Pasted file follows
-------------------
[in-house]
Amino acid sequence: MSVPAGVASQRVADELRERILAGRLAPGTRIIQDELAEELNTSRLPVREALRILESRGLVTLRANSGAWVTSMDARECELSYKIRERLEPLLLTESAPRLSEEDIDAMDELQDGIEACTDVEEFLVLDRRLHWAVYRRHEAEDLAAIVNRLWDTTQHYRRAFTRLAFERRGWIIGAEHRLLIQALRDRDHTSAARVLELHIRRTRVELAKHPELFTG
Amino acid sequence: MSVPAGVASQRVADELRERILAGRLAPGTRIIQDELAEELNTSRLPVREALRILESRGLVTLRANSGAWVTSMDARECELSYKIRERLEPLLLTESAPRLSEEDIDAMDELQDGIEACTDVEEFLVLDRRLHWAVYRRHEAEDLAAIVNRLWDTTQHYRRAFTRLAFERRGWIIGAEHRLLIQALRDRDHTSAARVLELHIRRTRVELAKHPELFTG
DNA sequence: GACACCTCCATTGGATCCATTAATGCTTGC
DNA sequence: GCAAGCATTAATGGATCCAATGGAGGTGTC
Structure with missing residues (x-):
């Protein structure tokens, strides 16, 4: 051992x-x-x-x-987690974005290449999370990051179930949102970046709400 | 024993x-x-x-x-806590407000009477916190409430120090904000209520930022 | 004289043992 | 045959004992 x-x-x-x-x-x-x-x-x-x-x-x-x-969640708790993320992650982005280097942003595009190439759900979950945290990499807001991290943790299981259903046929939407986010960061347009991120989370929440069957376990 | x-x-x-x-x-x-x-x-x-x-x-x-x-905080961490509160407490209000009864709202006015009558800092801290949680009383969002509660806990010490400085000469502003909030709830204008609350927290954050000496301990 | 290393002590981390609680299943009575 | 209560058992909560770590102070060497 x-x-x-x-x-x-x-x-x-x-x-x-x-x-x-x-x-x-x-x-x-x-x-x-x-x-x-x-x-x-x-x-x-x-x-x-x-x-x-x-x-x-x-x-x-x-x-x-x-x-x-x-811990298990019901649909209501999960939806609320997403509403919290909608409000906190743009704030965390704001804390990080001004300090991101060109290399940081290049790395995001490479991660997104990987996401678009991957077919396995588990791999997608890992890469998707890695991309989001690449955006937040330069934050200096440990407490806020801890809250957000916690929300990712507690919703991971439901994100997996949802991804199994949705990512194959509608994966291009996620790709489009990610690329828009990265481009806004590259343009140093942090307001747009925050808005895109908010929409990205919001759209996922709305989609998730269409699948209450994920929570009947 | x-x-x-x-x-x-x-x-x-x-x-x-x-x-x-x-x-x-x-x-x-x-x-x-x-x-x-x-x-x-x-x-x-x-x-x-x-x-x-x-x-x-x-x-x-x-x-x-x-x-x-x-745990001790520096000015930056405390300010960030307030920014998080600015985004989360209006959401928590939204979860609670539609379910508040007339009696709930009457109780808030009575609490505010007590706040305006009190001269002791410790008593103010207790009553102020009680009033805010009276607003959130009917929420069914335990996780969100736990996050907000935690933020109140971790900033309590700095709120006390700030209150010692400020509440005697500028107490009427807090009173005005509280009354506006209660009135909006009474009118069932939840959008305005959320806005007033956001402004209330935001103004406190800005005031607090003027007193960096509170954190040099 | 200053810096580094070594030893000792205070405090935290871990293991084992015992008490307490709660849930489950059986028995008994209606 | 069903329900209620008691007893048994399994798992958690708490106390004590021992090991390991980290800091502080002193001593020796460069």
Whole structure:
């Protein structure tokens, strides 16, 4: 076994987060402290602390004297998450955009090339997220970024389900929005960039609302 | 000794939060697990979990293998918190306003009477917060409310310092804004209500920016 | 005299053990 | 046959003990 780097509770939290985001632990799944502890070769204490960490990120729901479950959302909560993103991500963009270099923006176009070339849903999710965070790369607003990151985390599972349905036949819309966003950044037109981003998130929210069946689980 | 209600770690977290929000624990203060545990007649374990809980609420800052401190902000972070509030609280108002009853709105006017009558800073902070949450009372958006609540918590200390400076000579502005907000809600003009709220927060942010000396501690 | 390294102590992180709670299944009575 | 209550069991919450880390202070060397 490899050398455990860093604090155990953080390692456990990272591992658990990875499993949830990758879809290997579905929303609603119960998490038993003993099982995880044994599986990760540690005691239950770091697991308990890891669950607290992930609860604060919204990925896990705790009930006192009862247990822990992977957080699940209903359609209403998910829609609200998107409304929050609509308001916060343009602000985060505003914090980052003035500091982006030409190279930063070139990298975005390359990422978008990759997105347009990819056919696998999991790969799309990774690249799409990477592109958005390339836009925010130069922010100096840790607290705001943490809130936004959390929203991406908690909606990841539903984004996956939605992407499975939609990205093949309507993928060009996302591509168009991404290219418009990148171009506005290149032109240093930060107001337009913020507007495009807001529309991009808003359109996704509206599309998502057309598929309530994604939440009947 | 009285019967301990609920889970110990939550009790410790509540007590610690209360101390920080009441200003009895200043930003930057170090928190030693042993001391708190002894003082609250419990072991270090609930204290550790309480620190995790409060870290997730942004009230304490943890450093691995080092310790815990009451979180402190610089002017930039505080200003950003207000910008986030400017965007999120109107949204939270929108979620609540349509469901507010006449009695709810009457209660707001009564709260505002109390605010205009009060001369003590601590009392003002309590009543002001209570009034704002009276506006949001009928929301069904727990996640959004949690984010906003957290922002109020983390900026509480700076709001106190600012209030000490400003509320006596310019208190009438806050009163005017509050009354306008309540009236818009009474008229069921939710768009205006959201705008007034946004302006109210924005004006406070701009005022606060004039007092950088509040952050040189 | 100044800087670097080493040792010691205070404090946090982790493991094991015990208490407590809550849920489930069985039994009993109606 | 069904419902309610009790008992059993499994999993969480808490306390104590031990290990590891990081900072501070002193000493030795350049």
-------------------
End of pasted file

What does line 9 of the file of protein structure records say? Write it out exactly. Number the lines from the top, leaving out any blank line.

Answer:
């Protein structure tokens, strides 16, 4: 076994987060402290602390004297998450955009090339997220970024389900929005960039609302 | 000794939060697990979990293998918190306003009477917060409310310092804004209500920016 | 005299053990 | 046959003990 780097509770939290985001632990799944502890070769204490960490990120729901479950959302909560993103991500963009270099923006176009070339849903999710965070790369607003990151985390599972349905036949819309966003950044037109981003998130929210069946689980 | 209600770690977290929000624990203060545990007649374990809980609420800052401190902000972070509030609280108002009853709105006017009558800073902070949450009372958006609540918590200390400076000579502005907000809600003009709220927060942010000396501690 | 390294102590992180709670299944009575 | 209550069991919450880390202070060397 490899050398455990860093604090155990953080390692456990990272591992658990990875499993949830990758879809290997579905929303609603119960998490038993003993099982995880044994599986990760540690005691239950770091697991308990890891669950607290992930609860604060919204990925896990705790009930006192009862247990822990992977957080699940209903359609209403998910829609609200998107409304929050609509308001916060343009602000985060505003914090980052003035500091982006030409190279930063070139990298975005390359990422978008990759997105347009990819056919696998999991790969799309990774690249799409990477592109958005390339836009925010130069922010100096840790607290705001943490809130936004959390929203991406908690909606990841539903984004996956939605992407499975939609990205093949309507993928060009996302591509168009991404290219418009990148171009506005290149032109240093930060107001337009913020507007495009807001529309991009808003359109996704509206599309998502057309598929309530994604939440009947 | 009285019967301990609920889970110990939550009790410790509540007590610690209360101390920080009441200003009895200043930003930057170090928190030693042993001391708190002894003082609250419990072991270090609930204290550790309480620190995790409060870290997730942004009230304490943890450093691995080092310790815990009451979180402190610089002017930039505080200003950003207000910008986030400017965007999120109107949204939270929108979620609540349509469901507010006449009695709810009457209660707001009564709260505002109390605010205009009060001369003590601590009392003002309590009543002001209570009034704002009276506006949001009928929301069904727990996640959004949690984010906003957290922002109020983390900026509480700076709001106190600012209030000490400003509320006596310019208190009438806050009163005017509050009354306008309540009236818009009474008229069921939710768009205006959201705008007034946004302006109210924005004006406070701009005022606060004039007092950088509040952050040189 | 100044800087670097080493040792010691205070404090946090982790493991094991015990208490407590809550849920489930069985039994009993109606 | 069904419902309610009790008992059993499994999993969480808490306390104590031990290990590891990081900072501070002193000493030795350049």